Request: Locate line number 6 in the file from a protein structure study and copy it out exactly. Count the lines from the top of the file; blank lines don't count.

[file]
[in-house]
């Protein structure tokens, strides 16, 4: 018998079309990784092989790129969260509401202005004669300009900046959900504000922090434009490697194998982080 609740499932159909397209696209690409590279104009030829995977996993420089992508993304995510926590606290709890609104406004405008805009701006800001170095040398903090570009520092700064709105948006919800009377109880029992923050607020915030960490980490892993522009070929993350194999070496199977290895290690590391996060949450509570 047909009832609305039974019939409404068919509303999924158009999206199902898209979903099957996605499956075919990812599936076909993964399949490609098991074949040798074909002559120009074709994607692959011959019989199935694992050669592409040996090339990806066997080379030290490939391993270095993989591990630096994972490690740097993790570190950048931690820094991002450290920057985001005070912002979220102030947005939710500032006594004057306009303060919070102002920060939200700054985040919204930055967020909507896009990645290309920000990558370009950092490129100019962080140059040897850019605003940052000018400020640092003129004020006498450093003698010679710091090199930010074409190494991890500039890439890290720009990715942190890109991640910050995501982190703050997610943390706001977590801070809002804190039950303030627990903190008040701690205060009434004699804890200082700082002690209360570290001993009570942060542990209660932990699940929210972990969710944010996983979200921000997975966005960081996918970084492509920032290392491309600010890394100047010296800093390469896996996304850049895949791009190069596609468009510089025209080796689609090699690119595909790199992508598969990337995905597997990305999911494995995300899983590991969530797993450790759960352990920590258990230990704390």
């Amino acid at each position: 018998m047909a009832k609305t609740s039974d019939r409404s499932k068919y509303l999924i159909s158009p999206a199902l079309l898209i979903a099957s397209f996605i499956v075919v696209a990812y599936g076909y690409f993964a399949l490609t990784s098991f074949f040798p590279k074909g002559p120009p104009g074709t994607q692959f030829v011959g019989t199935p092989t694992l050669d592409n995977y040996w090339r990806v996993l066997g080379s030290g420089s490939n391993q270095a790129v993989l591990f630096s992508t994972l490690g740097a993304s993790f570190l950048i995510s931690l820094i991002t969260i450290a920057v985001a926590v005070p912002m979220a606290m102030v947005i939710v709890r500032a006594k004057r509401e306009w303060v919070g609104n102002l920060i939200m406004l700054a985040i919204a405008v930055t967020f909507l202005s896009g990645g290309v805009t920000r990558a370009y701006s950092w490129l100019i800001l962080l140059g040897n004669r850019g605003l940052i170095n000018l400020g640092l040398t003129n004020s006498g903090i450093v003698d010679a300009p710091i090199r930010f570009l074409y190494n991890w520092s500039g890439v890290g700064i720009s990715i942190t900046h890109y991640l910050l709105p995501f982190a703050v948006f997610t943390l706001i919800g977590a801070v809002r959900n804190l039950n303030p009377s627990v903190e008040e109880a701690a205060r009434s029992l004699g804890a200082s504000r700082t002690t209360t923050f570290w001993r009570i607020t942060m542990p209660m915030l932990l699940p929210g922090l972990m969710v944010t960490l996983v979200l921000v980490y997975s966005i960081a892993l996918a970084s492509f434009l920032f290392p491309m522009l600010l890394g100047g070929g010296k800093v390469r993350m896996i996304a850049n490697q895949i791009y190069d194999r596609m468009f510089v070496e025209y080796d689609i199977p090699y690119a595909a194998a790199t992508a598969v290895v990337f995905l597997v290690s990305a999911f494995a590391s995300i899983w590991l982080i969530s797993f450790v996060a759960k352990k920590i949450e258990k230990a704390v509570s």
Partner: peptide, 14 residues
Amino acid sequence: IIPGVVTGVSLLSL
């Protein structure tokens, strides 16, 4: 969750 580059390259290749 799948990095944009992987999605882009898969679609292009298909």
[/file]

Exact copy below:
């Protein structure tokens, strides 16, 4: 969750 580059390259290749 799948990095944009992987999605882009898969679609292009298909």